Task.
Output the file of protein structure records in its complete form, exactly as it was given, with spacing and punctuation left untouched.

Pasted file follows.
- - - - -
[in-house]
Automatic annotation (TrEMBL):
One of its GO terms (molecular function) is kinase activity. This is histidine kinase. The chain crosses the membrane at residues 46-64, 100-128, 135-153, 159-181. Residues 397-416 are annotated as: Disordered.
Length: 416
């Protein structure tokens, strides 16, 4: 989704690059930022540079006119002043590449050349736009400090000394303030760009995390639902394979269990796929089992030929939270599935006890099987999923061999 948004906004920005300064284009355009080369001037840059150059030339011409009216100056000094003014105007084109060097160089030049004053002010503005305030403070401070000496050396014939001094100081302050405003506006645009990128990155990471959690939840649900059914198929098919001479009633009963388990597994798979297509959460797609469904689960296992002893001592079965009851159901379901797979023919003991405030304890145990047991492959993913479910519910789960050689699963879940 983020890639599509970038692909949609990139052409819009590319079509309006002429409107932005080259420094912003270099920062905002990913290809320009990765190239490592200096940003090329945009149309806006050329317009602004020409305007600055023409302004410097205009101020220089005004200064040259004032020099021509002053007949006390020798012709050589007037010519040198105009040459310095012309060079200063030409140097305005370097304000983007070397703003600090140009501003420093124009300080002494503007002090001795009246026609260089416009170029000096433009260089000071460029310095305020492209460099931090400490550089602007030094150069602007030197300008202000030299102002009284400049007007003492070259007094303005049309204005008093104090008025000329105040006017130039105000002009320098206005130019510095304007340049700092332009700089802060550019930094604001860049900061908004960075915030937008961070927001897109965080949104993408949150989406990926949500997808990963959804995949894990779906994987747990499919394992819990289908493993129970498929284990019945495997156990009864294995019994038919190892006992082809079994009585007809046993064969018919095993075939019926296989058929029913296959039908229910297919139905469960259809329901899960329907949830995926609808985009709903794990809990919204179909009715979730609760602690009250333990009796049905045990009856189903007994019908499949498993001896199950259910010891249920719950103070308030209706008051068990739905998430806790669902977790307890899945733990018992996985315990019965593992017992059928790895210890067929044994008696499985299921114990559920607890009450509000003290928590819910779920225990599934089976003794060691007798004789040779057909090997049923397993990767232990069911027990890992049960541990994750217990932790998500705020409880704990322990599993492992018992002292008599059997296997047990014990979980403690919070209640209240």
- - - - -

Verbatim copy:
[in-house]
Automatic annotation (TrEMBL):
One of its GO terms (molecular function) is kinase activity. This is histidine kinase. The chain crosses the membrane at residues 46-64, 100-128, 135-153, 159-181. Residues 397-416 are annotated as: Disordered.
Length: 416
């Protein structure tokens, strides 16, 4: 989704690059930022540079006119002043590449050349736009400090000394303030760009995390639902394979269990796929089992030929939270599935006890099987999923061999 948004906004920005300064284009355009080369001037840059150059030339011409009216100056000094003014105007084109060097160089030049004053002010503005305030403070401070000496050396014939001094100081302050405003506006645009990128990155990471959690939840649900059914198929098919001479009633009963388990597994798979297509959460797609469904689960296992002893001592079965009851159901379901797979023919003991405030304890145990047991492959993913479910519910789960050689699963879940 983020890639599509970038692909949609990139052409819009590319079509309006002429409107932005080259420094912003270099920062905002990913290809320009990765190239490592200096940003090329945009149309806006050329317009602004020409305007600055023409302004410097205009101020220089005004200064040259004032020099021509002053007949006390020798012709050589007037010519040198105009040459310095012309060079200063030409140097305005370097304000983007070397703003600090140009501003420093124009300080002494503007002090001795009246026609260089416009170029000096433009260089000071460029310095305020492209460099931090400490550089602007030094150069602007030197300008202000030299102002009284400049007007003492070259007094303005049309204005008093104090008025000329105040006017130039105000002009320098206005130019510095304007340049700092332009700089802060550019930094604001860049900061908004960075915030937008961070927001897109965080949104993408949150989406990926949500997808990963959804995949894990779906994987747990499919394992819990289908493993129970498929284990019945495997156990009864294995019994038919190892006992082809079994009585007809046993064969018919095993075939019926296989058929029913296959039908229910297919139905469960259809329901899960329907949830995926609808985009709903794990809990919204179909009715979730609760602690009250333990009796049905045990009856189903007994019908499949498993001896199950259910010891249920719950103070308030209706008051068990739905998430806790669902977790307890899945733990018992996985315990019965593992017992059928790895210890067929044994008696499985299921114990559920607890009450509000003290928590819910779920225990599934089976003794060691007798004789040779057909090997049923397993990767232990069911027990890992049960541990994750217990932790998500705020409880704990322990599993492992018992002292008599059997296997047990014990979980403690919070209640209240």